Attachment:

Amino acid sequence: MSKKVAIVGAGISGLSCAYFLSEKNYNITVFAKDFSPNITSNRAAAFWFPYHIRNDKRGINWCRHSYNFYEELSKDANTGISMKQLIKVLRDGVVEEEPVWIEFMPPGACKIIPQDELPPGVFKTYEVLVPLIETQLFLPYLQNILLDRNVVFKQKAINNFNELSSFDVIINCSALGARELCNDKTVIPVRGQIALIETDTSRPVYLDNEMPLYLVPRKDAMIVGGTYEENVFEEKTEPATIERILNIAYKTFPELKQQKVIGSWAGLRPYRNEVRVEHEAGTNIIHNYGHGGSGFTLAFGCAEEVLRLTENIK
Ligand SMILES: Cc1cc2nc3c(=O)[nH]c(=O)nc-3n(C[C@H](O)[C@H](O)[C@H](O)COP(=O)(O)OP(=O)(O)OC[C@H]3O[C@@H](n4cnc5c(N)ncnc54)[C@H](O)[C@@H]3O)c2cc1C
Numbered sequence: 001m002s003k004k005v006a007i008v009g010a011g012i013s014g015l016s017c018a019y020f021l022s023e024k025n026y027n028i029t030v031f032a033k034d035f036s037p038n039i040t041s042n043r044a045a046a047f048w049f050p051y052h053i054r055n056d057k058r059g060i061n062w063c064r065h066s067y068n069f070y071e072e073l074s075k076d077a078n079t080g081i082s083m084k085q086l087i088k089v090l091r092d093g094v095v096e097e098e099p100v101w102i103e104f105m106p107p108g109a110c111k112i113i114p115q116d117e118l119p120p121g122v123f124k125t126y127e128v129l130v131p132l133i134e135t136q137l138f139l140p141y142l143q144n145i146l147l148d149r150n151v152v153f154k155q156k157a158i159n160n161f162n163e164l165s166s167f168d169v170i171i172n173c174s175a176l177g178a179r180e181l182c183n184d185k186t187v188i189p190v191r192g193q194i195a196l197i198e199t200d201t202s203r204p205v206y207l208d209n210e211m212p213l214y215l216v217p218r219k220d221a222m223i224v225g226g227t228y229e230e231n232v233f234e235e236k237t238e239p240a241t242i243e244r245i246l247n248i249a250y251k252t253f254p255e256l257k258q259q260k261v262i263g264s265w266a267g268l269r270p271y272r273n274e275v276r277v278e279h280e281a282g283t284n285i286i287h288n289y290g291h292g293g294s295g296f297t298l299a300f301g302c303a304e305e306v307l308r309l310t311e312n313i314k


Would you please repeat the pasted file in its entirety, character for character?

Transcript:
Amino acid sequence: MSKKVAIVGAGISGLSCAYFLSEKNYNITVFAKDFSPNITSNRAAAFWFPYHIRNDKRGINWCRHSYNFYEELSKDANTGISMKQLIKVLRDGVVEEEPVWIEFMPPGACKIIPQDELPPGVFKTYEVLVPLIETQLFLPYLQNILLDRNVVFKQKAINNFNELSSFDVIINCSALGARELCNDKTVIPVRGQIALIETDTSRPVYLDNEMPLYLVPRKDAMIVGGTYEENVFEEKTEPATIERILNIAYKTFPELKQQKVIGSWAGLRPYRNEVRVEHEAGTNIIHNYGHGGSGFTLAFGCAEEVLRLTENIK
Ligand SMILES: Cc1cc2nc3c(=O)[nH]c(=O)nc-3n(C[C@H](O)[C@H](O)[C@H](O)COP(=O)(O)OP(=O)(O)OC[C@H]3O[C@@H](n4cnc5c(N)ncnc54)[C@H](O)[C@@H]3O)c2cc1C
Numbered sequence: 001m002s003k004k005v006a007i008v009g010a011g012i013s014g015l016s017c018a019y020f021l022s023e024k025n026y027n028i029t030v031f032a033k034d035f036s037p038n039i040t041s042n043r044a045a046a047f048w049f050p051y052h053i054r055n056d057k058r059g060i061n062w063c064r065h066s067y068n069f070y071e072e073l074s075k076d077a078n079t080g081i082s083m084k085q086l087i088k089v090l091r092d093g094v095v096e097e098e099p100v101w102i103e104f105m106p107p108g109a110c111k112i113i114p115q116d117e118l119p120p121g122v123f124k125t126y127e128v129l130v131p132l133i134e135t136q137l138f139l140p141y142l143q144n145i146l147l148d149r150n151v152v153f154k155q156k157a158i159n160n161f162n163e164l165s166s167f168d169v170i171i172n173c174s175a176l177g178a179r180e181l182c183n184d185k186t187v188i189p190v191r192g193q194i195a196l197i198e199t200d201t202s203r204p205v206y207l208d209n210e211m212p213l214y215l216v217p218r219k220d221a222m223i224v225g226g227t228y229e230e231n232v233f234e235e236k237t238e239p240a241t242i243e244r245i246l247n248i249a250y251k252t253f254p255e256l257k258q259q260k261v262i263g264s265w266a267g268l269r270p271y272r273n274e275v276r277v278e279h280e281a282g283t284n285i286i287h288n289y290g291h292g293g294s295g296f297t298l299a300f301g302c303a304e305e306v307l308r309l310t311e312n313i314k